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A Business Guide to Getting Started with eCommerce.

A Business Guide to Getting Started with eCommerce.

A short guide for the bewildered to the things you have to consider once you have decided to go online with your business.

As businesses and consumers try to survive through this unprecedented pandemic and lockdown it is no surprise that we are seeing a surge in eCommerce activity – given that all the alternatives are out of reach. Data from Statistica below show how eCommerce has been growing and was expected to continue to grow over the next several years so if you weren’t already planning for this then now you really have no excuse or option but to start your eCommerce project. I think one of the significant impacts of COVID-19 will be to accelerate the acceptance and growth of eCommerce as new groups of people are introduced to doing new things Online that they may not have considered previously – like grocery shopping.

That got me thinking about what help business people might need if they are just starting to think about going online for the first time – so here are some considerations and things you need to be thinking about before you jump into your Online eCommerce adventure. This is not a comprehensive planning list but a perspective on what you need to know and what is important to help you be successful as an eCommerce operator, all from the things I  have learned in 25 years of being in this space (including some painful lessons along the way).

So if you are thinking about pivoting towards eCommerce then your mindset should include the following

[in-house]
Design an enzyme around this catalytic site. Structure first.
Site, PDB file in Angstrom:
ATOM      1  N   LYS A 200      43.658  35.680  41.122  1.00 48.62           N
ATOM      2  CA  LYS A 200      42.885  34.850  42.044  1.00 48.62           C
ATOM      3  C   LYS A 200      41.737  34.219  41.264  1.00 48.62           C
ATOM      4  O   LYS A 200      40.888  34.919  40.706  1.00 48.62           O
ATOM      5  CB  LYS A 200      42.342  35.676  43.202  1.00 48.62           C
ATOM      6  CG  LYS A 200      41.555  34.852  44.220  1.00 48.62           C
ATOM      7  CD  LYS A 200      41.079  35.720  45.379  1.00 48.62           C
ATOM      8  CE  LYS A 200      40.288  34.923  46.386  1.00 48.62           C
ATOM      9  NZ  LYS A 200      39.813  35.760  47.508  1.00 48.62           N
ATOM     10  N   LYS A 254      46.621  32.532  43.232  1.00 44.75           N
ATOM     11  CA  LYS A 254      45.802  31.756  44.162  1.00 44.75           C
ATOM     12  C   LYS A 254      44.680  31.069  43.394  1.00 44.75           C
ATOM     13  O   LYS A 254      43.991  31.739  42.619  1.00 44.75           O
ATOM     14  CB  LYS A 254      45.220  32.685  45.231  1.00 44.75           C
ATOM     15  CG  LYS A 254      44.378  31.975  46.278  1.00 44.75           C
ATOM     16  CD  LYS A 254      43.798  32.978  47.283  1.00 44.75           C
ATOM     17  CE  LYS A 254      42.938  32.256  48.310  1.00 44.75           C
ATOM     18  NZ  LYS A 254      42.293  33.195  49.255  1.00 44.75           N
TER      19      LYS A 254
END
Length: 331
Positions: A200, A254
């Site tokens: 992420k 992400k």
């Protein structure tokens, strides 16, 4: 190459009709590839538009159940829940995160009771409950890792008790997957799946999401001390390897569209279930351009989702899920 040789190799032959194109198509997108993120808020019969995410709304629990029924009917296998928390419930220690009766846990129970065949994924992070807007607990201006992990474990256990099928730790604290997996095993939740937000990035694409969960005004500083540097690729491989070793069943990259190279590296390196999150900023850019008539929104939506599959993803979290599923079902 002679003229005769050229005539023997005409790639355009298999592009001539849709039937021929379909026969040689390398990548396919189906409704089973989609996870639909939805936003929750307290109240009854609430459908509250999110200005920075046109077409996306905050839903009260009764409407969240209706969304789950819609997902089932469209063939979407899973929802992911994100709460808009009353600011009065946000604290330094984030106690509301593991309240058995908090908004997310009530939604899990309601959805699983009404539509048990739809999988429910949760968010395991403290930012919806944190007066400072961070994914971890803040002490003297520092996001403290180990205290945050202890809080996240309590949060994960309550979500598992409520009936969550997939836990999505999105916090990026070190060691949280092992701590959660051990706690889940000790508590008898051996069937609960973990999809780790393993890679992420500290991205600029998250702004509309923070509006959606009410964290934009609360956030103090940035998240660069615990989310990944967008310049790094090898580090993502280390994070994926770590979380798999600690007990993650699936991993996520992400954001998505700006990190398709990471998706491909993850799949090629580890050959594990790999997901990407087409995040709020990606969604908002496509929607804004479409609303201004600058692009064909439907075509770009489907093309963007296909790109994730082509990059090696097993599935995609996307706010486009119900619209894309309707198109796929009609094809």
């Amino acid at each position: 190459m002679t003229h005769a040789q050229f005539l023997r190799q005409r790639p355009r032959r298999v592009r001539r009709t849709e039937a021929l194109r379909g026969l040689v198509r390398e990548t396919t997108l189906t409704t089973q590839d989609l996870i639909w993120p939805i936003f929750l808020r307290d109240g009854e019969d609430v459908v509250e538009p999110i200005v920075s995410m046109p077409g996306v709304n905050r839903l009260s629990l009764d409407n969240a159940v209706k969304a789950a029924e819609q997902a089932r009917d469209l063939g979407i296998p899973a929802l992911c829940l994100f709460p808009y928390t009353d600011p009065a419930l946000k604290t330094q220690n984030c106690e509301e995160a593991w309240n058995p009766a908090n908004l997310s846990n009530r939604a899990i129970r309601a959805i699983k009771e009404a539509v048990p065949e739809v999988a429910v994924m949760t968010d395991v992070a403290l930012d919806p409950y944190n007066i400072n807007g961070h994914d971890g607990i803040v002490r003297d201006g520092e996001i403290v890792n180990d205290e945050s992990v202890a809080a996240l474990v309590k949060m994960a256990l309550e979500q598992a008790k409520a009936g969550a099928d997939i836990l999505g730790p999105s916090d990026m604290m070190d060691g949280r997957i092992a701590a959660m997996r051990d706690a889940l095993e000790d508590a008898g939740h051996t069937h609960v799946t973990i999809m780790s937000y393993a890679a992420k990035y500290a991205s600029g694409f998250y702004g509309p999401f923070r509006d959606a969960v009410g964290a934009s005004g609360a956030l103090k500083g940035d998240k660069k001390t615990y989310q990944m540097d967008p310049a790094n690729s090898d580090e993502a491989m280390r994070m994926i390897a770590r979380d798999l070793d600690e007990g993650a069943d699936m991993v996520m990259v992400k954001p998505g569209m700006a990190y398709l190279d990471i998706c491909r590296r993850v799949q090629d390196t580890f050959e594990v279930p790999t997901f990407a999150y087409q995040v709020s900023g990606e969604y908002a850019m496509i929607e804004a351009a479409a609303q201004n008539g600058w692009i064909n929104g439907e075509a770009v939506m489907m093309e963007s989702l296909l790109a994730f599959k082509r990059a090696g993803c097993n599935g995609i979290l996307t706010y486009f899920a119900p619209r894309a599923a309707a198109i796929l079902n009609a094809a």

• This will be a long term impact and change so don’t just do things for the short term
• Traditional retail will recover once the restrictions lift but it will be a changed environment and you will need to consider what you can learn about your customers and their expectations from what they experience online
• Every brand and retailer should be planning for at least 15-20% of your revenue to come from your direct online presence you cannot concede that space to your competition.

Why do you need to transition at least part of your business Online ?

The obvious short term answer is that eCommerce is the only way people can purchase many goods and services at the moment but that misses the real point. People’s expectations around accessibility and convenience have changed and if you cannot connect with customers in the way that they expect – which is increasingly online – then you will be missing out on where a bigger and bigger percentage of commerce will take place in the future.

The other reason is that it gives you a different (and sometimes deeper) connection to your customers and a means to connect with them digitally and to understand what they are looking for and what solutions you can provide for them. The best online merchants understand that this is a two-way street and use their connected customers to guide their direction and decisions in a way that is much more difficult to do in the bricks and mortar world. Your customer list and the consent you have collected to engage and market to that audience is a real measure of the value of your business into the future. This is important to focus on because it is the only way to counter the reduced loyalty people generally feel online and the fact that there is a world of competition only a click away.